Growth, microstructure and sintering behavior of nanosized silicon powders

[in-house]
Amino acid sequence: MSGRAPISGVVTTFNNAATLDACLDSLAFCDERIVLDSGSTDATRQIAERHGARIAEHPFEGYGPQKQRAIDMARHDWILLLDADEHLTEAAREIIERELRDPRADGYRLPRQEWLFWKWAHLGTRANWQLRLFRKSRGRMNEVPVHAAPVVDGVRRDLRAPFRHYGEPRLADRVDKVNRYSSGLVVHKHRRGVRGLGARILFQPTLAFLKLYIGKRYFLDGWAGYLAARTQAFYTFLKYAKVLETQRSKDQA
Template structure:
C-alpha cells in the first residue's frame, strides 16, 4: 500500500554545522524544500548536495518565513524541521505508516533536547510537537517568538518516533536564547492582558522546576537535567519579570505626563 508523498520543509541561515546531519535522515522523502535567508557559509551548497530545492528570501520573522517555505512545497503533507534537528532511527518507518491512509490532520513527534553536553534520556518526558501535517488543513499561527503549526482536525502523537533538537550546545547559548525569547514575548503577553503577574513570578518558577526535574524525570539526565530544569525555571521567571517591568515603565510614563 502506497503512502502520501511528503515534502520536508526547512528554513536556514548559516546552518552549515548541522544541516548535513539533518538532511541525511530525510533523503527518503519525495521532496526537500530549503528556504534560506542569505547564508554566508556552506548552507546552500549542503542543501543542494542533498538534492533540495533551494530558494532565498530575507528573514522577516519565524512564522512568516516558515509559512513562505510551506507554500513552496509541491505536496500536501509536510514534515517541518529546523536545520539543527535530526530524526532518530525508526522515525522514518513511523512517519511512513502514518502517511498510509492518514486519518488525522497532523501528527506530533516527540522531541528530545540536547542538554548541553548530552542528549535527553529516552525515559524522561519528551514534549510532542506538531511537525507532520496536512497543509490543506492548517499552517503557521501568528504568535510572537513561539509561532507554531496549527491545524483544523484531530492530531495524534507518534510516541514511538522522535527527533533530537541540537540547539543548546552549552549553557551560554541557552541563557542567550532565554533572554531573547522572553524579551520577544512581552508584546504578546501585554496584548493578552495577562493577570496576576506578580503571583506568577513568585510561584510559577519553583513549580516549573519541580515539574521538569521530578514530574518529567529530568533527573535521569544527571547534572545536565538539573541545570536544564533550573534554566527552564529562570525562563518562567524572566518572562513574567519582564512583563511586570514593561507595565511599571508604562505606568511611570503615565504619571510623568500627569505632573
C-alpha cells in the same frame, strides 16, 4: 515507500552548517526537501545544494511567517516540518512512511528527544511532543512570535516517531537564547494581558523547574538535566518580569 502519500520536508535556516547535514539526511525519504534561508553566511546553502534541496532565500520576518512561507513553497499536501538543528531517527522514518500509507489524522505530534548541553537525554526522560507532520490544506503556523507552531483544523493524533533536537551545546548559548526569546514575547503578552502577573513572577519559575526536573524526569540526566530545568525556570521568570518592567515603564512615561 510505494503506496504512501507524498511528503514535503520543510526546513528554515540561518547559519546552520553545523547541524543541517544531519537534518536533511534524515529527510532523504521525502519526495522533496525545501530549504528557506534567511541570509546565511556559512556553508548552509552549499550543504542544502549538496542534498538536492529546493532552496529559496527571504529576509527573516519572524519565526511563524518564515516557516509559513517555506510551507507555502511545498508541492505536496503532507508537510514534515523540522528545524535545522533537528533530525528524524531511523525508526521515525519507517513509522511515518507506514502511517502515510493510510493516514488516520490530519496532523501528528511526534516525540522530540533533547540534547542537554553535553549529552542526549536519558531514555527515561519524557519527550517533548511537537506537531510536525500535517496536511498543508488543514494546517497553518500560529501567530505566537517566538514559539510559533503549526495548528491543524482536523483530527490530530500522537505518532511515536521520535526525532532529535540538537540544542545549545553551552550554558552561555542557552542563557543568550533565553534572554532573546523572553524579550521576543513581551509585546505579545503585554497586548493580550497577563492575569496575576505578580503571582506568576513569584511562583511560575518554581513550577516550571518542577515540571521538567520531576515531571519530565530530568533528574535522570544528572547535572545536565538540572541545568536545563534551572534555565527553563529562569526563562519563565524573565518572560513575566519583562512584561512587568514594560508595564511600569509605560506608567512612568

The growth and properties of nanosized silicon particles produced by gas-phase reaction in a low-pressure silane plasma has been studied. In situ ion-mass spectroscopy and Mie scattering measurements were used to monitor the formation of powders. High resolution transmission electron microscopic (HREM) studies confirmed the observations made by Raman spectroscopy that the nanoparticles grow from medium range ordered clusters. Onset of crystallization was similar to 700 degrees C when structures ranging from very small crystalline ordered regions of 2.5-3.5 nm in size to fast-grown multiply twinned crystallites were formed. Size and surface roughness of the as-prepared powders were widely preserved throughout all stages of heating. It was observed that the powder morphology influences the sintering behavior. Silicon clusters which are formed during the powder synthesis acted as seeds for the crystallization process which led to the formation of polycrystalline particles. Classical sintering models offer inadequate explanation of sintering behavior, but hard-core/sinterable coating or particle sliding models can explain the sintering rate of this powder satisfactorily. (C) 1997 Elsevier Science B.V.